To Really Learn, Quit Studying and Take a Test

A recent study published in the journal Science and summarized in the New York Times explored the concept of retrieval memory and found that what we do to try to retain material after we’ve read it makes all the difference.

Which of the following methods do you think would be most effective for retaining information?

1) Reading the material over and over again,

2) concept mapping the material, or

3) taking a test on the material.  

Concept mapping was found to be more effective in enhancing learning and memory than re-reading/studying, but not as effective as taking a test on the material. There are unlimited implications and conclusions one may draw from the results of the study, for example, that it’s important for a student to make use of any practice quizzes and exercises available.   The researchers were somewhat surprised at the results, because, throughout history, scholars have believed that intense study (cramming) was the best way to learn and retain information. In the past decade or so, specialists in learning theory as well as practitioners (teachers) have emphasized the efficacy of concept mapping as a powerful learning tool. And although mapping is an effective educational strategy, mainly because it helps you to organize what you’ve read and/or learned, no one ever touted “taking a test” as the best way to make sure you are able to retrieve the information in the future. By retrieving it (in a test), we are making the pathway more distinct, or, as one psychologist put it, making the info “more recallable in the future.” Whether you are a high school student, or even graduate student – giving yourself tests and quizzes may be really effective.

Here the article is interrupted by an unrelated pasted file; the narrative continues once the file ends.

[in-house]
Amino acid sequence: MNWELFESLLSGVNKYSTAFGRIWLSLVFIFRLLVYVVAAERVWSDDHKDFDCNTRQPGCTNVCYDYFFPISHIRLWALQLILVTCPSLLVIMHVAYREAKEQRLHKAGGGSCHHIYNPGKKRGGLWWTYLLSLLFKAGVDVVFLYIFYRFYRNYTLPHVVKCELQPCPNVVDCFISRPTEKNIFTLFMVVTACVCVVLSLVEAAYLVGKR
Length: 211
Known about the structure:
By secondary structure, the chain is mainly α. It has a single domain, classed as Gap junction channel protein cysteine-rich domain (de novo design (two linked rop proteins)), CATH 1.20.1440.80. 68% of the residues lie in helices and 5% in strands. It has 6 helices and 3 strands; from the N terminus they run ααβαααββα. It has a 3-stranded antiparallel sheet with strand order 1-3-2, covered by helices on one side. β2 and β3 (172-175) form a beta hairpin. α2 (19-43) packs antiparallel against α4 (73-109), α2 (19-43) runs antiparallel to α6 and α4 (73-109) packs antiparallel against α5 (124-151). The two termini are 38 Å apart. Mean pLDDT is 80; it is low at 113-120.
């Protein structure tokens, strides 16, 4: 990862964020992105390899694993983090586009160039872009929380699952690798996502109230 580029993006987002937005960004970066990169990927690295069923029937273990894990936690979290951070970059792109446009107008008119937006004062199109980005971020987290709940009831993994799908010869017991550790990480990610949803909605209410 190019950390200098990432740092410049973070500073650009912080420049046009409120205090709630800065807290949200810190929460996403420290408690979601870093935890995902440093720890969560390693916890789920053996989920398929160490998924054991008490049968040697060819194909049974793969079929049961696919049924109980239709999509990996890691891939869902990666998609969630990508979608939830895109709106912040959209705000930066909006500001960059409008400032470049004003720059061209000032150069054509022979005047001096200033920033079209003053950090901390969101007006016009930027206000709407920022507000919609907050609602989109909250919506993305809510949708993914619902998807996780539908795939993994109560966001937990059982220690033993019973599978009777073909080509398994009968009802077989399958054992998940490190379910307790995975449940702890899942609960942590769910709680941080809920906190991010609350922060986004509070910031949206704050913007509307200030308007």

Psychology of memory and learning in the NY Times here. 

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